These days, it seems like major security breaches are a common occurrence. You’ve probably read fairly recent headlines or excerpts like these from news articles describing alarming situations and their impact on so many people:
- Veteran’s Administration (VA) incident: 26.5 million discharged veterans’ records, including name, SSN & date of birth, stolen from the home of an employee who “improperly took the material home.” (its.ucsc.edu)
- Last September, Yahoo announced that data associated with at least 500 million accounts had been stolen. Three months later, it disclosed a second breach affecting more than one billion accounts. (money.cnn.com)
- Equifax says a giant cybersecurity breach compromised the personal information of as many as 143 million Americans — almost half the country. (money.cnn.com)
- eBay Suffers Massive Security Breach, All Users Must Change Their Passwords (forbes.com)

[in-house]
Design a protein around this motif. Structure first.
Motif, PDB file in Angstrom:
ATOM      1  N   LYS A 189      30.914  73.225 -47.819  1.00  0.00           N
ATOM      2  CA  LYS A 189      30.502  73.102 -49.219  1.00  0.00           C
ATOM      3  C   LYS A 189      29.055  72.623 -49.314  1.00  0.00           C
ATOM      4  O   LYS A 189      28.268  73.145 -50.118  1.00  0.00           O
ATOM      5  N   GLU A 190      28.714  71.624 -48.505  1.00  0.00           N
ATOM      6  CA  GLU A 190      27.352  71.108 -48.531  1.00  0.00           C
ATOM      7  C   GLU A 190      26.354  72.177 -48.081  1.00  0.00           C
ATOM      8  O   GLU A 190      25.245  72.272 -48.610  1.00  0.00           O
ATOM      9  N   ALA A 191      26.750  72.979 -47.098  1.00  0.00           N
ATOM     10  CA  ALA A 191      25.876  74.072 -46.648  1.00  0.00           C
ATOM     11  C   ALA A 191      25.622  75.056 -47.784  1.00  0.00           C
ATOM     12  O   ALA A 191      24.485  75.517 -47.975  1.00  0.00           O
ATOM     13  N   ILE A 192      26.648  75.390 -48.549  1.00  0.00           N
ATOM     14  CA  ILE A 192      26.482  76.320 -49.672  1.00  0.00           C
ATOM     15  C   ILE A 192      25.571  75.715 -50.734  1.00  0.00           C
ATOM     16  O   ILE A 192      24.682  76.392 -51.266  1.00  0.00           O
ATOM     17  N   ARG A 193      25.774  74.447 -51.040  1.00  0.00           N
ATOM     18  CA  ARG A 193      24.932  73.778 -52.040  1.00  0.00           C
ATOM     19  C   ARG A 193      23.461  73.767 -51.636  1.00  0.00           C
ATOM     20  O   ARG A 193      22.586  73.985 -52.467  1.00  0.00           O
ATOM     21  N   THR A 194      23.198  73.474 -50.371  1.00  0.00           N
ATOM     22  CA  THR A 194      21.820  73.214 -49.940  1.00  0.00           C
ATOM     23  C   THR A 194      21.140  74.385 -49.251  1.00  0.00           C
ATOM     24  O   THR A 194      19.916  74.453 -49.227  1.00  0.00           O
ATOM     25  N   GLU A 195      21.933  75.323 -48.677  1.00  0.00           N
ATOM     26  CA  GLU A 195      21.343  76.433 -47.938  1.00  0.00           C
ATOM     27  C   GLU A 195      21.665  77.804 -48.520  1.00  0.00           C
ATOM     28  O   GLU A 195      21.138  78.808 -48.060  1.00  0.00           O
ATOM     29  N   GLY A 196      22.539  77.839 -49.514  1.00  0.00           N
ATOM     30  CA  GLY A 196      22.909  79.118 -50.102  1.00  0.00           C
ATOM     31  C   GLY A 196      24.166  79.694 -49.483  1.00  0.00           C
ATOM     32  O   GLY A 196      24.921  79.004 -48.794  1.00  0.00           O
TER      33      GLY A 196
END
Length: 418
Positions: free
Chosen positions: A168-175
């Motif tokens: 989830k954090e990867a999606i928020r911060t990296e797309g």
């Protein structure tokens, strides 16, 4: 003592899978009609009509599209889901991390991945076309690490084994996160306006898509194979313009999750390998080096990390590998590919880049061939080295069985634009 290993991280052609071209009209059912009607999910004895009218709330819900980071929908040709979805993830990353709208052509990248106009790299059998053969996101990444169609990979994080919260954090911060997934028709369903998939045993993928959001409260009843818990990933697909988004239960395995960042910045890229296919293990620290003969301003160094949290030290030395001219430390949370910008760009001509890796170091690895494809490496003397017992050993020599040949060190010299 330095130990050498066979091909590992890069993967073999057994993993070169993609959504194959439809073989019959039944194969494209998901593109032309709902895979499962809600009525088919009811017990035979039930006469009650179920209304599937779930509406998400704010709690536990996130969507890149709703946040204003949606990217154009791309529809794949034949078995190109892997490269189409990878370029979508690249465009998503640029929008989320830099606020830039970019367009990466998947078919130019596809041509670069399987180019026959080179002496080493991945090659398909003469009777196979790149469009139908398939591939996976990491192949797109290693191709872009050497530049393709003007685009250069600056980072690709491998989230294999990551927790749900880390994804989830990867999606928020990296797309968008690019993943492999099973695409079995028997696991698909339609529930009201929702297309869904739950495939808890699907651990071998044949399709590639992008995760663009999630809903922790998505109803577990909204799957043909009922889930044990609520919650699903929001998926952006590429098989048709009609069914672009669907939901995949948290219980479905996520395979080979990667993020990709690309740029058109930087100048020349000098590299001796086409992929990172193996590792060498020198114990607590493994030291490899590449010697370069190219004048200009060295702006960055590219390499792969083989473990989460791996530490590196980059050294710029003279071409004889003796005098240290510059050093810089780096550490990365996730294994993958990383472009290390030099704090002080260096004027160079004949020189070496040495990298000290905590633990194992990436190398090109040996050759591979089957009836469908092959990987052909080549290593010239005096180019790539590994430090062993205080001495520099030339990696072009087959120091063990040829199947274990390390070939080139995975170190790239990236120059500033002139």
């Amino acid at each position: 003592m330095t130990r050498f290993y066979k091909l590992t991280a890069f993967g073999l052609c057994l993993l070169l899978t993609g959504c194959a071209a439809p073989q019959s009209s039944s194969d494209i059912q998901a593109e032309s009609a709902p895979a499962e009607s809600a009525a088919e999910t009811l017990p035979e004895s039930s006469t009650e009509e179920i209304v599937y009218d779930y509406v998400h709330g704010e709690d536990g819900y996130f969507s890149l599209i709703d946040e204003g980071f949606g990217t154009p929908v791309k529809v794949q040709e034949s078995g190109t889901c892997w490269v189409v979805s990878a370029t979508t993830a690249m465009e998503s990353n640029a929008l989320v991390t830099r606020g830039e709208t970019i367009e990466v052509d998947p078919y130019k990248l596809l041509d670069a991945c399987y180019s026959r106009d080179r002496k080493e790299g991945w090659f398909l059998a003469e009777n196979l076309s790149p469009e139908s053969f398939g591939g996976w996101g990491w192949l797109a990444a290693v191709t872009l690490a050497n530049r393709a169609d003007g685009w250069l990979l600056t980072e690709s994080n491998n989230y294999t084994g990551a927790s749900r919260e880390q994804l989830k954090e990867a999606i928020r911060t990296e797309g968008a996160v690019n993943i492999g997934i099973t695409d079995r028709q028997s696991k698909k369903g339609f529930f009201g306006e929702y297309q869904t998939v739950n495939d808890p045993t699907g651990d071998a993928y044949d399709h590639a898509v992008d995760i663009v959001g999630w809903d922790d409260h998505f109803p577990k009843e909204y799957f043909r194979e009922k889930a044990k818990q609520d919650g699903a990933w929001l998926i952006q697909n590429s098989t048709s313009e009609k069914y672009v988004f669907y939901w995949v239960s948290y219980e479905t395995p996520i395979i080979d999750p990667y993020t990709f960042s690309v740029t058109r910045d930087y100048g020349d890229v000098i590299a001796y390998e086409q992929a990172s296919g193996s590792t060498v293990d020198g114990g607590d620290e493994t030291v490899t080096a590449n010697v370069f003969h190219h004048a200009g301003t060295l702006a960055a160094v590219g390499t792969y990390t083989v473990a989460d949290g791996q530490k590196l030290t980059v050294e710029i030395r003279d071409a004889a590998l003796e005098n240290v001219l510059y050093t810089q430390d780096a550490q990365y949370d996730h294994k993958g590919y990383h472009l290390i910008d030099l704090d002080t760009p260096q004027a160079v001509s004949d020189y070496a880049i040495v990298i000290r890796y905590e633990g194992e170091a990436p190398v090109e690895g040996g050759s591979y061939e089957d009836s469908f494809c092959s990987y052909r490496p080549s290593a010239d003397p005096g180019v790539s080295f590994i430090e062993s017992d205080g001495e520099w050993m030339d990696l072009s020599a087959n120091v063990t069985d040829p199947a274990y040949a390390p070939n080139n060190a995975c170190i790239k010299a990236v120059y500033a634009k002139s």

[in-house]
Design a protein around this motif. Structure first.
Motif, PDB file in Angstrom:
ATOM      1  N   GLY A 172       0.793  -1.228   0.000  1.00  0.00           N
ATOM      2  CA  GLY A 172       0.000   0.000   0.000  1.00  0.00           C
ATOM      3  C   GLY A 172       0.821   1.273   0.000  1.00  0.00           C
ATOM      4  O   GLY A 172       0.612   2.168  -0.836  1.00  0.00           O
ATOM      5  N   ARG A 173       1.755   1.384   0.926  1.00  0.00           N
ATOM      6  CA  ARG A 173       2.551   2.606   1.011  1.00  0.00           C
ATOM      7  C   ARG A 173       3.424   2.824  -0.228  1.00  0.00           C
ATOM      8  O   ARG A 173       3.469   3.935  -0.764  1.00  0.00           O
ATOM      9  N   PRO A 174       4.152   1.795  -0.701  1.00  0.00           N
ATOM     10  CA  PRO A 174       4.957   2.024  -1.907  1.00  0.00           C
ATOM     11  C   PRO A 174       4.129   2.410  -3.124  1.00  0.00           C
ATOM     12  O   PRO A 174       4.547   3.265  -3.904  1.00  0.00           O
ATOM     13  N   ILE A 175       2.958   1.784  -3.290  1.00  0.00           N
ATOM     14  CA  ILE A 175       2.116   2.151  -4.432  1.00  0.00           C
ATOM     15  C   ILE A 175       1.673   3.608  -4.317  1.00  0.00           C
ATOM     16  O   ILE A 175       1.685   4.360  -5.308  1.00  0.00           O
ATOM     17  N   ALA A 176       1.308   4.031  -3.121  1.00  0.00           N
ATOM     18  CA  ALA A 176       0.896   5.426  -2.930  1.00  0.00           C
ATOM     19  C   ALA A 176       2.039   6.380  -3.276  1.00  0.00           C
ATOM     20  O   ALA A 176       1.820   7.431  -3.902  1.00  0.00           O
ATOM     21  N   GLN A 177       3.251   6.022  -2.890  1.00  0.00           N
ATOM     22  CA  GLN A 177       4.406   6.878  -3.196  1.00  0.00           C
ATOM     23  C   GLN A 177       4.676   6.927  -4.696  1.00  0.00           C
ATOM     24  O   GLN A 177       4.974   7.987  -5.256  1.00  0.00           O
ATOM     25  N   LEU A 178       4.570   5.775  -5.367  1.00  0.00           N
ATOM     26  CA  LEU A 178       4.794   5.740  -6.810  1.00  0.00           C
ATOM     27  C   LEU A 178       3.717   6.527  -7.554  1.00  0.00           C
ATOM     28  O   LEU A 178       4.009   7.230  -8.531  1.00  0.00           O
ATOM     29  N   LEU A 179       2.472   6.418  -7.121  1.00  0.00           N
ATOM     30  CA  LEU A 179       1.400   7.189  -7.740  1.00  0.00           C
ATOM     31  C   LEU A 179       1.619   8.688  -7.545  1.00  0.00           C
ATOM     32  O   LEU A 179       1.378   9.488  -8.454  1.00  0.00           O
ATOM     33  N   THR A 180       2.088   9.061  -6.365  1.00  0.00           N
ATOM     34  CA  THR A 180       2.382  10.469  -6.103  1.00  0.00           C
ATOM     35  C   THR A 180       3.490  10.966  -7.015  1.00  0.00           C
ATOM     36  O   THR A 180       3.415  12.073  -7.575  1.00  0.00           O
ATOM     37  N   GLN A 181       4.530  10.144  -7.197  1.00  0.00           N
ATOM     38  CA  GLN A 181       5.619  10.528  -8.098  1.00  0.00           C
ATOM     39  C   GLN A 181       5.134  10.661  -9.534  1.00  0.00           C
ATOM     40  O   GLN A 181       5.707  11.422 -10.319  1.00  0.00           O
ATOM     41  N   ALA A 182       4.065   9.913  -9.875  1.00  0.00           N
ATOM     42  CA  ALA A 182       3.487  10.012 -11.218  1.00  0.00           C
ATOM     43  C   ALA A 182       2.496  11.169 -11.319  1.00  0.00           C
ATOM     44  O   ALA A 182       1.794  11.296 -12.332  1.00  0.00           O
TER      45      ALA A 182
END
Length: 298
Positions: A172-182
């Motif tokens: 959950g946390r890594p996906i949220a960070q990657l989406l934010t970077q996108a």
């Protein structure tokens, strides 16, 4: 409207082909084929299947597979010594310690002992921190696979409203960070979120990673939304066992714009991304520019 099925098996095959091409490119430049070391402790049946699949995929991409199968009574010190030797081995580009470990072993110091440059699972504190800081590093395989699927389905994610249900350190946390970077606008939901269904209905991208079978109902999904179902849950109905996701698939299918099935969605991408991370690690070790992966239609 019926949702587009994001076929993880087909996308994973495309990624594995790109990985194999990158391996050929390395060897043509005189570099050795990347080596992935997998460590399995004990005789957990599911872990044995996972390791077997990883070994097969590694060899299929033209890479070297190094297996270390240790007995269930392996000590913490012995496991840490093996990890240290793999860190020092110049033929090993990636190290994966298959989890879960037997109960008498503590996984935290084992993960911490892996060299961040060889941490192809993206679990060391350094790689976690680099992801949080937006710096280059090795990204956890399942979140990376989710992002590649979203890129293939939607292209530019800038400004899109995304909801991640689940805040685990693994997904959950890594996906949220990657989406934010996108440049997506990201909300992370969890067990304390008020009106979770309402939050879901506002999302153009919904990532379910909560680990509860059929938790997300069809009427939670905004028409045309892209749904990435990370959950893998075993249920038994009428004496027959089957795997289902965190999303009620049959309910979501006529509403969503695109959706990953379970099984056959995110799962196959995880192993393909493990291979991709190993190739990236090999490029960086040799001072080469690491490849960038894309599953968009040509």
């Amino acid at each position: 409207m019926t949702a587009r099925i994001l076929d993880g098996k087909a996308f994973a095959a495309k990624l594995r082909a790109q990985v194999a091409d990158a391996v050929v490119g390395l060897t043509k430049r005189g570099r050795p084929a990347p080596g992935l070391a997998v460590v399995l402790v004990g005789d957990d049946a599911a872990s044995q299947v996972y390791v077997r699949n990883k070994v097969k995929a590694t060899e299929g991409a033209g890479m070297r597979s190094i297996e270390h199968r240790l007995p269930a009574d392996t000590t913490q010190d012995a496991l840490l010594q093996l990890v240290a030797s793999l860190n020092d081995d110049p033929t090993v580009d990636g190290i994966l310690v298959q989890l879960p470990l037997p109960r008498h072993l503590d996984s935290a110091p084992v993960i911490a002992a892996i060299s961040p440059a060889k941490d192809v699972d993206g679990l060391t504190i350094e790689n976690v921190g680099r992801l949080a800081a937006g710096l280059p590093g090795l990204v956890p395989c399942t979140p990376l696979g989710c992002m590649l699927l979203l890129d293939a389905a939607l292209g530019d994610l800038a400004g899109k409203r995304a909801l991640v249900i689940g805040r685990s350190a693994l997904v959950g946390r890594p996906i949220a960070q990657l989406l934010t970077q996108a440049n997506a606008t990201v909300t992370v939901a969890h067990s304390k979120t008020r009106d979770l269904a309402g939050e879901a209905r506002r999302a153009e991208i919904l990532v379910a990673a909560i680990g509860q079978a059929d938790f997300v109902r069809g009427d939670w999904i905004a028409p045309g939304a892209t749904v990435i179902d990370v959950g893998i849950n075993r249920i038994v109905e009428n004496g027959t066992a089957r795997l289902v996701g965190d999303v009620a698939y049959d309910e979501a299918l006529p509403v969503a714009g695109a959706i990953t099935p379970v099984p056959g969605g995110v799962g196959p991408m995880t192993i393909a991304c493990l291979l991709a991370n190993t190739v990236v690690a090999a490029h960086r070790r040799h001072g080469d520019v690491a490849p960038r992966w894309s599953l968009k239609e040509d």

It’s distressing for many of us, especially seniors who rely on the convenience of credit cards and online shopping to take care of our personal operations. But what can you do? Well, it turns out there are proactive and reactive steps you can take that can first, help you be on guard to avoid the personal impact of security breaches and second, secure your accounts from unauthorized access after a breach in which you’re a potential victim.
In an article posted via Pennsylvania-based Prince Law Offices on Linked In by Jeffrey A. Franklin , Esq., readers can obtain an extensive roadmap of their options in this distressing area. Attorney Franklin has extensive experience in technology, Internet and computer law and e-discovery issues to complement his 20+ years of applied legal experience in the areas of electric, gas, telecommunication, alternative energy, transportation and water regulation.